Rediscover Las Vegas

Beyond the bright lights of Sin City, let loose in a bulldozer, eat steak like the Mob and play vintage pinball.

Beyond the bright lights of Sin City, let loose in a bulldozer, eat steak like the Mob and play vintage pinball.

Activities: Bulldozer therapy
The first thing to know about Las Vegas is this: whoever came up with the name Sin City really wasn’t kidding. ‘Arrive with luggage, leave with baggage,’ as the old joke goes. But hangovers and ill-advised wagers aren’t the only reason to come to this parched corner of southern Nevada, a four-hour drive from LA. There’s also the unmistakable sense that you’ve arrived in a place where the laws of reality are simply not being enforced.

This, after all, is a town where an exotic dancer was once put on trial for murdering her boyfriend over buried treasure – six tons of silver bullion, to be precise; it’s a town where tourists used to attend roof-top ‘atomic bomb parties’ to view ten-kiloton blasts, wearing only shorts and sunglasses for protection (the Nevada Test Site is 70 miles away); and it’s a town that counts among its prime attractions a fake volcano that erupts on the hour.

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Let’s not forget the more humdrum distractions, such as the pick-up trucks that cruise up and down the central thoroughfare (aka the Strip) towing billboards which read, ‘Strippers! Direct to your room!’ All of which explains why I decide to purge myself of self-destructive tendencies upon arrival – to get the sin out of my system, so to speak. And for this, there is nothing better than the ‘Dig & Destroy’ package at Dig This, a scene of diabolical hedonism on a patch of scrubland next to Interstate-15. Here, a squat New Zealander named Ed Mumm keeps a fleet of construction-grade excavators and bulldozers and, in defiance of all common sense, allows pretty much anyone (for a fee, naturally) to play with them after only a few minutes of training. This is the ‘dig’ part of the experience. The ‘destroy’ part comes later, at a nearby gun range, where automatic weapons are supplied with similar bravado.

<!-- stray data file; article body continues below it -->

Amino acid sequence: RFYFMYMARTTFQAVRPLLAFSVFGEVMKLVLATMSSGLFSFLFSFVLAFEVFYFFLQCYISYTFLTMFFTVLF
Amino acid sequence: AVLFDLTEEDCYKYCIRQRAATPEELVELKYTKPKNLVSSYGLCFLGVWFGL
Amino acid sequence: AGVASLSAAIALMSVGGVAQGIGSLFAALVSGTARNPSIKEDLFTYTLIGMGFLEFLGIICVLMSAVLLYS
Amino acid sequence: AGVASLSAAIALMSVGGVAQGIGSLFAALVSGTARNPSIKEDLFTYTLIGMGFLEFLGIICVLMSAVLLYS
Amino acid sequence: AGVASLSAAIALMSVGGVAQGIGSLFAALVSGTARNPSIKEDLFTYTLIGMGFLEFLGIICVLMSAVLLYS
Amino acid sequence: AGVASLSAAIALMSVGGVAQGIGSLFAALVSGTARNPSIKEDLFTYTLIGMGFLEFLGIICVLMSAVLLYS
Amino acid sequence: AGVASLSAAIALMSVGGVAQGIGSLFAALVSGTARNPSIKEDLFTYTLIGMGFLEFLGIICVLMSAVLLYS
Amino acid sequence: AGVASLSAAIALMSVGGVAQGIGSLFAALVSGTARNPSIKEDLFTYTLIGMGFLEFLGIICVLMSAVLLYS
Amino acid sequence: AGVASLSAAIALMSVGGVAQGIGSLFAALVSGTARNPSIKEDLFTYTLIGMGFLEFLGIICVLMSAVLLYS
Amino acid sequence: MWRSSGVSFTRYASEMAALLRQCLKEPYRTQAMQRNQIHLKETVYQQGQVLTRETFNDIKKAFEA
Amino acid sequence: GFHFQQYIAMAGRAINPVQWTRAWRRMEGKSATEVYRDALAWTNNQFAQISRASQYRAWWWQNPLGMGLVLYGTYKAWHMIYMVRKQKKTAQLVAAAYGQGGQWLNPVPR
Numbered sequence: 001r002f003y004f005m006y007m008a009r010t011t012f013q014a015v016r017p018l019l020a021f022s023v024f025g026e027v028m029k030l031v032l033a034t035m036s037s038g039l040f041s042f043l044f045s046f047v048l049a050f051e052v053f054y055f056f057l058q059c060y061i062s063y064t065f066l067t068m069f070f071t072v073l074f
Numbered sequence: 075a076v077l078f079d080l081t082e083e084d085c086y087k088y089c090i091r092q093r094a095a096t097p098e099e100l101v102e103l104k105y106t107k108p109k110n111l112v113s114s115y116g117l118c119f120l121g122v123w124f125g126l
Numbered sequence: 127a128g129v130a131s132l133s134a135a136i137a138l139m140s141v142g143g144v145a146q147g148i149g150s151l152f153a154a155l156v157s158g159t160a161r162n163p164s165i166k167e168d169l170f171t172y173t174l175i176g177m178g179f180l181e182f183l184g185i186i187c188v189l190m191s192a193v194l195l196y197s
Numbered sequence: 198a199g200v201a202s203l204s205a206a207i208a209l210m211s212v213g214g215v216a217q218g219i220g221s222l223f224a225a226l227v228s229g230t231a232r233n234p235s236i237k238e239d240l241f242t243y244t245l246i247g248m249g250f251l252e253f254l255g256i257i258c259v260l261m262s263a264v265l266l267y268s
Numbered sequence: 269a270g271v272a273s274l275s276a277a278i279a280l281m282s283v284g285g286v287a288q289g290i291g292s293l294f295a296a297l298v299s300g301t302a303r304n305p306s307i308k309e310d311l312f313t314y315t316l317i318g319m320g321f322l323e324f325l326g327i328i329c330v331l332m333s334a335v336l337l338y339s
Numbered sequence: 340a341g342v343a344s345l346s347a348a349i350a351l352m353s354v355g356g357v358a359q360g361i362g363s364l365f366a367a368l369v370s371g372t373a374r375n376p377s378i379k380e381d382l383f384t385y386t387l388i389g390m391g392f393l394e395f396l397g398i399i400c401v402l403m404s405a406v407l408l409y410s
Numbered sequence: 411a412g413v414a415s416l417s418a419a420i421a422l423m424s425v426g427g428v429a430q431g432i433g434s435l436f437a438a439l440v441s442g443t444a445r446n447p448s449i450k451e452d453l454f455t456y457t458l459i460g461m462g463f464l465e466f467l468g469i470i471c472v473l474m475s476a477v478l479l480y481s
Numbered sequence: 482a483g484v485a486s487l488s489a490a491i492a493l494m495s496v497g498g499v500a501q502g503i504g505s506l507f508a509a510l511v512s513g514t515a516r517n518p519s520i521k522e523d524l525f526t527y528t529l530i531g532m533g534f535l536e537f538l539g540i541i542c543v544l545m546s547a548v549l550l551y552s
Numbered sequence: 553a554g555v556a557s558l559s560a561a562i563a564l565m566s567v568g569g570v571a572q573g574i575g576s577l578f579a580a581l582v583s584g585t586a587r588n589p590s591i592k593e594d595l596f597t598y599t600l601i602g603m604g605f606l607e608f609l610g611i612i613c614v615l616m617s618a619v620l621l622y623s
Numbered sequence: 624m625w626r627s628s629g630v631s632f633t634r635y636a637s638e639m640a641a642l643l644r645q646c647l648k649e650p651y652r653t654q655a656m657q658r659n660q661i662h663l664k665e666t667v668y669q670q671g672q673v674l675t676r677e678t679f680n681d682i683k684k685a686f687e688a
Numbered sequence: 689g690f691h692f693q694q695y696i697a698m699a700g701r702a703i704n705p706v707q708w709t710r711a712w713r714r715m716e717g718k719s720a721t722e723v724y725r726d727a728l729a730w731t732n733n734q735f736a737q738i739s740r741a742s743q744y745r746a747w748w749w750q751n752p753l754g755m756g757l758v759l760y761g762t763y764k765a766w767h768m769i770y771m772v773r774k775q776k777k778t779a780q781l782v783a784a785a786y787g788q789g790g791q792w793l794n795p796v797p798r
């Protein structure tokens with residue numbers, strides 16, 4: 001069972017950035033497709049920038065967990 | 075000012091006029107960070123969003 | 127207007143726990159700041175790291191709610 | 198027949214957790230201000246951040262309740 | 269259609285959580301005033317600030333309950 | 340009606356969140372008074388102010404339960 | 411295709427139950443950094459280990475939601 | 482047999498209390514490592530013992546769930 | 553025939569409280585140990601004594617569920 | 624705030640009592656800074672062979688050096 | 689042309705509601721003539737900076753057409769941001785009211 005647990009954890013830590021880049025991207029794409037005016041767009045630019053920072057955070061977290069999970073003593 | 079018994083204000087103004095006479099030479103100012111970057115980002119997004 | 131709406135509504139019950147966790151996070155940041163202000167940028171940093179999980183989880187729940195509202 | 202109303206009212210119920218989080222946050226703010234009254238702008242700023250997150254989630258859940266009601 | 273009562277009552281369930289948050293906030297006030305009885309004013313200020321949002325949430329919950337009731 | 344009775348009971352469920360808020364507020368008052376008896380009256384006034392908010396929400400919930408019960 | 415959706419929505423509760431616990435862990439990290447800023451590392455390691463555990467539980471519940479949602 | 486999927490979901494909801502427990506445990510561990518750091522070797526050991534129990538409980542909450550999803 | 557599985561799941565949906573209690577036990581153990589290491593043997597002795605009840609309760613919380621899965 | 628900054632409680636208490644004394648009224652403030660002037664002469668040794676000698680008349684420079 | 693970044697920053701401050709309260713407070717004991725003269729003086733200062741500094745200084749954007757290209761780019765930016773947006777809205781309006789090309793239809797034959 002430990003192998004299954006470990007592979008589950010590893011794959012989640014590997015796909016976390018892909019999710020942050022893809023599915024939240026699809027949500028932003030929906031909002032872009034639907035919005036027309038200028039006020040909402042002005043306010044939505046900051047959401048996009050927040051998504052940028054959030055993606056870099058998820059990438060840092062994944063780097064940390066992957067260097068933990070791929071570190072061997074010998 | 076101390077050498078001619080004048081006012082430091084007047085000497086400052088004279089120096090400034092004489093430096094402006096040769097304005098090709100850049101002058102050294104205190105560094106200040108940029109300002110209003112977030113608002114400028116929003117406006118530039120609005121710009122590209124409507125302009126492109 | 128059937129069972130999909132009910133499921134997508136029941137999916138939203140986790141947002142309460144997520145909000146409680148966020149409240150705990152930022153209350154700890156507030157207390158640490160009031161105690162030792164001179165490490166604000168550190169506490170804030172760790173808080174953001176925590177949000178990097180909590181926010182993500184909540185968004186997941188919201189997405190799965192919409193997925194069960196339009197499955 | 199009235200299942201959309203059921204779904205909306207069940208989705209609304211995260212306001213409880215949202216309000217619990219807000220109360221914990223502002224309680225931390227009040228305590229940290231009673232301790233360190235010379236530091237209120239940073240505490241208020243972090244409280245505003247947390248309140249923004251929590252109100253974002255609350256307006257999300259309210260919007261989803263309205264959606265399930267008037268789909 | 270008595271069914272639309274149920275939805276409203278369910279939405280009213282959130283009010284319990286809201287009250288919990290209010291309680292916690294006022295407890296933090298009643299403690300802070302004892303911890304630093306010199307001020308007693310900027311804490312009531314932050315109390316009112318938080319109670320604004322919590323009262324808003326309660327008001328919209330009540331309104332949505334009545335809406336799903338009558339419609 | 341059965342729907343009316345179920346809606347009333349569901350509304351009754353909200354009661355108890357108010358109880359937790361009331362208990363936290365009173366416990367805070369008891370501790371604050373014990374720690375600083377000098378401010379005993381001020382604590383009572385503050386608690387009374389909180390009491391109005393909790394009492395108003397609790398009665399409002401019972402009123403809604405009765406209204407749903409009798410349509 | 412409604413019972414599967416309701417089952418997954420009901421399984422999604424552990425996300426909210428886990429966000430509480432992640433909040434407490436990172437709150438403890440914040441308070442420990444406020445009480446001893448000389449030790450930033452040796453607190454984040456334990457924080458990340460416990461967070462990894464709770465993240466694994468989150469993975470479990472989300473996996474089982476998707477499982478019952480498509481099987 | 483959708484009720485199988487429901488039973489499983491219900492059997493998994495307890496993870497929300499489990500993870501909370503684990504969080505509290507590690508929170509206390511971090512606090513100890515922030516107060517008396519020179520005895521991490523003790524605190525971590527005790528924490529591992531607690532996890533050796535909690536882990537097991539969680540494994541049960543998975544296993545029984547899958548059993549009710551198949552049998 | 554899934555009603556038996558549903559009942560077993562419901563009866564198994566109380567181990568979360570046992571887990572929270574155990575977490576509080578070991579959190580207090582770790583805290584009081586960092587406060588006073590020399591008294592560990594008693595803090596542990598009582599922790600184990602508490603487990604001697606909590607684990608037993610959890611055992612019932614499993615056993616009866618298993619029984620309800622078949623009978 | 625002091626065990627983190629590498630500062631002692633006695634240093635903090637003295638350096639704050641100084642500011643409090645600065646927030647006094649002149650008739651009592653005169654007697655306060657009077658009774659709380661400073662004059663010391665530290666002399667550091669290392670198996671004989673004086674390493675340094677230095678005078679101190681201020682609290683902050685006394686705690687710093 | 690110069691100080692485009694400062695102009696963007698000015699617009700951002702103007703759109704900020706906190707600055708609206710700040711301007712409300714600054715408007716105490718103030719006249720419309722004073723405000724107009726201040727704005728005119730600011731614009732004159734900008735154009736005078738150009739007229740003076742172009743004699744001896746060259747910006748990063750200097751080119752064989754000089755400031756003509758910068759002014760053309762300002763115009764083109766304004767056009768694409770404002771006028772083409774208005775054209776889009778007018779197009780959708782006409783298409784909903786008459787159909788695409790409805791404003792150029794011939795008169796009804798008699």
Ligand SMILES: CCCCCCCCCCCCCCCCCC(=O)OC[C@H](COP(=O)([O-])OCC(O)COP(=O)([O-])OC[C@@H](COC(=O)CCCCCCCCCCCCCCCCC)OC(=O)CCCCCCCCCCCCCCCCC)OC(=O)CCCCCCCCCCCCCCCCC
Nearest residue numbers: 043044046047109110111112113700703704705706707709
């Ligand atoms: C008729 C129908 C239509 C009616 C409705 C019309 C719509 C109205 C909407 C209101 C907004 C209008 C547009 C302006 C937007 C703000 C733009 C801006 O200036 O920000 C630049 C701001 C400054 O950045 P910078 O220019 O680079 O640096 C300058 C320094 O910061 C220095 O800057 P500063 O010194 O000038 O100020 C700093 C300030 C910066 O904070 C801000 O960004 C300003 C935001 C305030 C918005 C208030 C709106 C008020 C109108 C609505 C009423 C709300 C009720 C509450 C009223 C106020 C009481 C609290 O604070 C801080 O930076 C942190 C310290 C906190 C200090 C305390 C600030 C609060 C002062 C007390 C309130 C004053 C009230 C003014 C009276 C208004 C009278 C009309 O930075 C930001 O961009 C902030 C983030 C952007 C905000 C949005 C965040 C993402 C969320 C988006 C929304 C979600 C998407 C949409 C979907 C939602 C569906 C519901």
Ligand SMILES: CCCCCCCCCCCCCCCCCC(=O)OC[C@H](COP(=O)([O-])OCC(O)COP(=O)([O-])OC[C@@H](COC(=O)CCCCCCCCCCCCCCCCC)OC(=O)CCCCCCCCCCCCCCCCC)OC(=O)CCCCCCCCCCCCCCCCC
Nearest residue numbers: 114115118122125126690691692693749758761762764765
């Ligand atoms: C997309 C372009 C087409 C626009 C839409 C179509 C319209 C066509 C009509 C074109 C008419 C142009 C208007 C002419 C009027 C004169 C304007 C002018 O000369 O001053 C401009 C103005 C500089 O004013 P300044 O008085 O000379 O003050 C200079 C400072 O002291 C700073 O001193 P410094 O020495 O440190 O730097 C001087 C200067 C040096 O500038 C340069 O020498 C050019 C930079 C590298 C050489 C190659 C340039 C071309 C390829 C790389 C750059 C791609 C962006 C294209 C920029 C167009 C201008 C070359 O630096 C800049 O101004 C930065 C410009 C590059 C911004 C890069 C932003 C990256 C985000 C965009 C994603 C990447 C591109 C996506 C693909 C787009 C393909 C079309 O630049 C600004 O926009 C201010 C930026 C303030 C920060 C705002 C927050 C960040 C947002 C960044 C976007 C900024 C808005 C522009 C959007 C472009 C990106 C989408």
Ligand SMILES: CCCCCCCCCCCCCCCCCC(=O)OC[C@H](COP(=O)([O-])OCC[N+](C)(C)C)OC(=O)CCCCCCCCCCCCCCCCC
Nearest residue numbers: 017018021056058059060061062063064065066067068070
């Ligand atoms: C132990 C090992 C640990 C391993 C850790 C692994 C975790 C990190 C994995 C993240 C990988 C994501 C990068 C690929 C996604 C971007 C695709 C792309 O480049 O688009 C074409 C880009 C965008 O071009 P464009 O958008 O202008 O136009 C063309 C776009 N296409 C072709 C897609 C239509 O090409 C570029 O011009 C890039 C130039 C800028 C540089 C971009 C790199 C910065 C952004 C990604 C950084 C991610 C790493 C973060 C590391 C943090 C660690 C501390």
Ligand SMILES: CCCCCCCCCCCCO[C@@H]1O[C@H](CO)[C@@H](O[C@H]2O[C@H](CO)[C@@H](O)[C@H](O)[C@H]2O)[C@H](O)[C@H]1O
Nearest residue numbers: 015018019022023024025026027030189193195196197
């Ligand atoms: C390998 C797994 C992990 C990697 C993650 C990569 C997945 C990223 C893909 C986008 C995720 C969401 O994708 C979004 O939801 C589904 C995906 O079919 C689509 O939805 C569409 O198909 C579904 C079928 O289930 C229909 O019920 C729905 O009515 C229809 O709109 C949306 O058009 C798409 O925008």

‘Don’t worry: it’s impossible to make a mess out here!’ Ed reassures me, once I’ve been breathalysed (an insurance requirement), fitted with a fluorescent vest and handed a Diet Coke (this being America, the cabs of the bulldozers have air conditioning and cup-holders). Before long, I’m tearing up the ground, scooping it up, making hills, driving over them, then covering them back up again. Judging by my fellow diggers, it’s not just men who find this enjoyable. ‘At least half our clients are women,’ confirms Ed. ‘And they tend to be better operators, because they listen to the instructions and they don’t put as much pressure on themselves when they’re digging. They also laugh and scream a lot – which I like.’

He’s right: there are whoops and giggles as the bright yellow machines are driven as if they were life-sized Tonka toys. Meanwhile, beyond the freeway, under a sky hotter than all the ovens of Hell, the insane skyline of Las Vegas Boulevard – where the Eiffel Tower stands between Brooklyn Bridge and a lurching pirate galleon – glitters approvingly. Later, Ed tells me that his company also offers a gentler package, known as Excavate and Exfoliate, in which the gun range is substituted for a spa treatment. Strangely enough, it’s not very popular. (from £150)

Shopping: Your very own poker face
Shopping is another, albeit potentially ruinous, way to stay out of trouble in Las Vegas. And by ruinous, I mean… well, The Wynn hotel has a Ferrari dealership in the lobby. There are more interesting places to spend your money, however, such as the Gambler’s General Store. Getting there requires a car or a taxi – the nondescript warehouse is close to the downtown area – but it’s only a ten-minute drive from the Strip.